Movie Review

Marin Squire at the Movies

Waste Land

By Erik Squire
Hello my fellow SMCWaste-Land-FeaturedCites. This week I have commandeered our movie review section regular from fellow section editor Rebekah Marin. After watching a remarkable documentary in my Intro to Visual Art course, I simply had to write a column about it. The documentary that captured my interest, entitled Waste Land, depicts one artist’s epic as he turns trash into treasure, quite literally.
Waste Land journals world-renowned artist Vik Muniz and his ambition to help a poverty-stricken community whose members spend their days working in the world’s largest landfill. Muniz sought to accomplish this goal by making art, and what was the medium for this art? Why, it was garbage.
The film begins with Muniz’s personal story and how he achieved his success. Originally from Brazil himself, Muniz made his way to New York with the money that was his compensation for being shot in the leg. Muniz took to photography and made a name for himself; as a short biography states: “Often working in series, Vik has used dirt, diamonds, sugar, string, chocolate syrup and garbage to create bold, witty and often deceiving images drawn from the pages of photojournalism and art history. His work has been met with both commercial success and critical acclaim, and has been exhibited worldwide.”
The documentary then shows Muniz as he considers an altruistic endeavor to benefit those in need, with the help of his art. Muniz finds his perfect inspiration in Jardim Gramacho in Brazil, the largest dump on Earth. Muniz finds that he is taken by the “Catadores” (a group of people working in the landfill, picking and sorting through the recyclables). After spending time with the Catadores and viewing firsthand their day to day lives, Muniz becomes enthralled with helping them improve their lot in life.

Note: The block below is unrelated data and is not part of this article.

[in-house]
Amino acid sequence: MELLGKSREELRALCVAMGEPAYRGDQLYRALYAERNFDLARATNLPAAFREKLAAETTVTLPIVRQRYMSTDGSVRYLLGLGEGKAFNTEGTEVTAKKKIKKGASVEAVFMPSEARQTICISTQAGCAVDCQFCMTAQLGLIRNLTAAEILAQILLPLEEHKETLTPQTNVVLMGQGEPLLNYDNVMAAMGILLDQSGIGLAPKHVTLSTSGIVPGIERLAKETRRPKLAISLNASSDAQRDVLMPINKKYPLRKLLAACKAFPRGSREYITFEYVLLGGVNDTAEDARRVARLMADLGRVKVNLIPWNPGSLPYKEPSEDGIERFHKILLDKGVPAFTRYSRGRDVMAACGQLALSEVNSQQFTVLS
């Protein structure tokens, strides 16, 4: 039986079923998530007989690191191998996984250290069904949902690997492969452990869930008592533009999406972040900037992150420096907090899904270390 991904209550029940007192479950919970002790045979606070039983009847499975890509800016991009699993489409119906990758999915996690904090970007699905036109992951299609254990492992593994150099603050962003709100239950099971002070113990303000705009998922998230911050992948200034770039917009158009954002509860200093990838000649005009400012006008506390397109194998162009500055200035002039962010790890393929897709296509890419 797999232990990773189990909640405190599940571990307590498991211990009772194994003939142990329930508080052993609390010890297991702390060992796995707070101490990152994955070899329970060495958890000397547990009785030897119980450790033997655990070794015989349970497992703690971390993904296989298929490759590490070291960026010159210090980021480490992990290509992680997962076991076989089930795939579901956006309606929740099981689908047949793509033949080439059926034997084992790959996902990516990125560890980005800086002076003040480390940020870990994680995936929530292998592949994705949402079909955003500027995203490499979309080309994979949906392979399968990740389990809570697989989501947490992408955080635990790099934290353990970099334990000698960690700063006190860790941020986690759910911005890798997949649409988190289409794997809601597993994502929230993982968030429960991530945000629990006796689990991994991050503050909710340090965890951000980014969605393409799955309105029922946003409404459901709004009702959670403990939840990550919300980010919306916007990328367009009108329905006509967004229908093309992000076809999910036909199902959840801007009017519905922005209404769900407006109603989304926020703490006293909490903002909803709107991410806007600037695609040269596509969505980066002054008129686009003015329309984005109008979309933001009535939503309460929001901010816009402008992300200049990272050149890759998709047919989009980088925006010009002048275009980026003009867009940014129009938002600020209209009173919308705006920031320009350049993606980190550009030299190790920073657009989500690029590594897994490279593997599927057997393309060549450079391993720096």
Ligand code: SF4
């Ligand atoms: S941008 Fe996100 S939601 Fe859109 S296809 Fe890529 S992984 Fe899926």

The filming process took over three years to complete, all the while Muniz integrated himself into the community. The first step was to find models and laborers for the project. The workers then had to sort through the landfill and find pieces of trash that could be used to create the portraits; they were of course paid for their efforts. The next step was setting the scene. One of the artistic scenes recreated was that of [i]The Death of Marat[i], a painting of French Revolutionist Jean-Paul Marat, by Jacques-Louis David. Muniz would then capture the moment with a picture. It was masterfully and beautifully done. Finally, Muniz instructed the models to recreate his photography large scale, almost entirely out of garbage. The end products were self-portraits that (in my opinion) rivaled Frida Kahlo’s work.
Throughout the film, I was deeply disturbed by the working conditions for the Catadores. However, I was also touched by the camaraderie that they shared and the happiness that seemed to prevail despite their circumstances. It was saddening yet not despairing; there was still beauty and hope.
The documentary finishes with Muniz’s work being sold at an auction house in England. Each piece of his work was sold in the tens of thousands of dollars; every cent was then given to the Catadores who helped create the art pieces.
As for Muniz, his altruistic aspiration only helped increase his prominence. “His solo show at MAM in Rio de Janeiro was second only to Picasso in attendance records,” states the same biography. “It was here that Vik first exhibited his ‘Pictures of Garbage Series’ in Brazil.”
For information on how to get involved with helping the Catadores, please visit: http://www.wastelandmovie.com.
Information gathered regarding Muniz was collected from the Waste Land movie’s website.

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